[Cryptography] quantum computers & crypto

Jerry Leichter leichter at lrw.com
Sun Oct 31 13:07:59 EDT 2021

New Scientist (https://www.newscientist.com/article/2293341-spies-may-be-storing-data-to-decrypt-with-a-future-quantum-computer/) brings up another issue with quantum cryptography:  Some secrets may remain valuable for years or even decades.  Intelligence services have a long history of saving encrypted material that they can't break in the hopes that they will be able to break it eventually.  The Venona decrypts are probably the most famous example of this kind of thing.

Brought up in the article is the possible connection to repeated BGP misconfigurations that cause large amounts of traffic to transit Russia and China - and of course even in normal circumstances much of the world's traffic transits the US.  Are these countries "saving it all" for a post-quantum future?

Dealing with this kind of thing requires some careful analysis of the kinds of data being transmitted.  Most transactional data becomes irrelevant not long after it's sent.  Knowing how to break into Swift transactions, much less the vast majority of on-line Web transactions, 10 years after the fact has almost no real value.  For intelligence services ... it's always of some value to figure out who was active even 10 years ago, as connections continue into the present. Maybe you can find blackmail material.  Maybe you can grab passwords that have stayed unchanged over all this time.  But for the most part ... who cares.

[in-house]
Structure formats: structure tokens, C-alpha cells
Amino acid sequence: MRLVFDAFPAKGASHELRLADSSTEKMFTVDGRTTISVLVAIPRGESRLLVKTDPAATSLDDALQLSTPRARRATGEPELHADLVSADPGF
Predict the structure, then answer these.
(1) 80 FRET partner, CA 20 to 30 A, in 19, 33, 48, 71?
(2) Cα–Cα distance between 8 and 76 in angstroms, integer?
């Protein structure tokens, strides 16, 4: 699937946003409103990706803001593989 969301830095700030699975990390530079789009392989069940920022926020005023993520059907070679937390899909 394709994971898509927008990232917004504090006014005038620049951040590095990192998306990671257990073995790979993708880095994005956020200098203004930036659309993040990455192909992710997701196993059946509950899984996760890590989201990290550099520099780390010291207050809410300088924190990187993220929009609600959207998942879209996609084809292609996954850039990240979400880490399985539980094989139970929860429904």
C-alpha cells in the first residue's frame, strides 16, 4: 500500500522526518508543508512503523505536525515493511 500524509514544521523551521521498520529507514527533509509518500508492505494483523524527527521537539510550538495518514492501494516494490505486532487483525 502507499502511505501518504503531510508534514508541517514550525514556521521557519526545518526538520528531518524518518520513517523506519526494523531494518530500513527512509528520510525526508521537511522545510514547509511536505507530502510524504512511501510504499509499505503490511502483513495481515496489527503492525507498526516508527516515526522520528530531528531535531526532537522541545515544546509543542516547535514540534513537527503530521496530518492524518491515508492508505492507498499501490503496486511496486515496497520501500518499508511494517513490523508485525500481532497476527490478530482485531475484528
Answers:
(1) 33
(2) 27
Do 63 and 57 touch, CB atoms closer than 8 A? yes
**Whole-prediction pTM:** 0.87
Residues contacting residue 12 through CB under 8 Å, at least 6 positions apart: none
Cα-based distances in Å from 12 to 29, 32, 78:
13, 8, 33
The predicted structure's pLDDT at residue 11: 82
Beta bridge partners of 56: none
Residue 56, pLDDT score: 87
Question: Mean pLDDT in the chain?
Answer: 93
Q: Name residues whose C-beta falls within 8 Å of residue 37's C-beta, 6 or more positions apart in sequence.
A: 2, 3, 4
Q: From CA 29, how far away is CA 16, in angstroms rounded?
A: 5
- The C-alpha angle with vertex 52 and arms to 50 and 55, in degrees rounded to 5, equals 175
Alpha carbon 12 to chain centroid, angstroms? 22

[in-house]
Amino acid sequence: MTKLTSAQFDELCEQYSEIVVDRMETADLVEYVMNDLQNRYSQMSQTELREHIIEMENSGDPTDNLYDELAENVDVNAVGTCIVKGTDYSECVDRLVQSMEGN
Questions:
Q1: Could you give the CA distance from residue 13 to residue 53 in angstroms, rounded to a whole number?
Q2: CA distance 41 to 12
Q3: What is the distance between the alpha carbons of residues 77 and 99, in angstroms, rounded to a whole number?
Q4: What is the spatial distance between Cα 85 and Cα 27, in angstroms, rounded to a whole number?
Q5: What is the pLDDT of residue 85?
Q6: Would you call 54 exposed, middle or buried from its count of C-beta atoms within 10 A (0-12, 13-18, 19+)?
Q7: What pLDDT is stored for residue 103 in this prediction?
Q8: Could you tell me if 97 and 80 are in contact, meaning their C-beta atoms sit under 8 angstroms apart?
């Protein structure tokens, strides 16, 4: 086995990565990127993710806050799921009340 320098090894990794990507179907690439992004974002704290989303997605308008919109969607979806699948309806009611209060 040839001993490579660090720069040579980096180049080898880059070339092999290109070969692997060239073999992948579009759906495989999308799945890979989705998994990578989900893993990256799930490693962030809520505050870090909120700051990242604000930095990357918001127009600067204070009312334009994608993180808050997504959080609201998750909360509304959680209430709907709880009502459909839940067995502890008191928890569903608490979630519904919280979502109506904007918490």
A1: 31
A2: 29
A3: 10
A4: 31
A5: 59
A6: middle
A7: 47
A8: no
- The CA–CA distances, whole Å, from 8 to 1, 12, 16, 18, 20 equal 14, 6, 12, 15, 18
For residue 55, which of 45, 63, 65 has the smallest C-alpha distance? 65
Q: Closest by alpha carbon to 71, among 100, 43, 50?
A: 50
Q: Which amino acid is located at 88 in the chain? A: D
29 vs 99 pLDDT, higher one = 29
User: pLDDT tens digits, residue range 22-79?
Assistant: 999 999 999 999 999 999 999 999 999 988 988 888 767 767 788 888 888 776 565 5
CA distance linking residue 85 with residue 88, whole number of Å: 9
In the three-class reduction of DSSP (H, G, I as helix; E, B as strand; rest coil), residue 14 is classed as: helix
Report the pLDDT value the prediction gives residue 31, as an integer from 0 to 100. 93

There is certainly government/military information that remains valuable after a decade.  Is there much *commercial* information still valuable after that long?

Suppose we reduce the time period to 5 years, or 1 year.  How does the picture change?  Passwords certainly do survive for a year - but then again, we really shouldn't be sending passwords around anyway - we have plenty of protocols that do "proof of knowledge" without sending the actual secret.  How do those hold up in a post-quantum world?

Symmetric algorithms seem fine, even in a post-quantum world.  Much of the most valuable material is non-transactional and is encrypted at rest.  Even if you send it over a channel that can be broken in the future ... it doesn't matter.  But ... watch out for the common technique of attaching the symmetric key encrypted with multiple (asymmetric) public keys to allow access to multiple individuals.
                                                        -- Jerry

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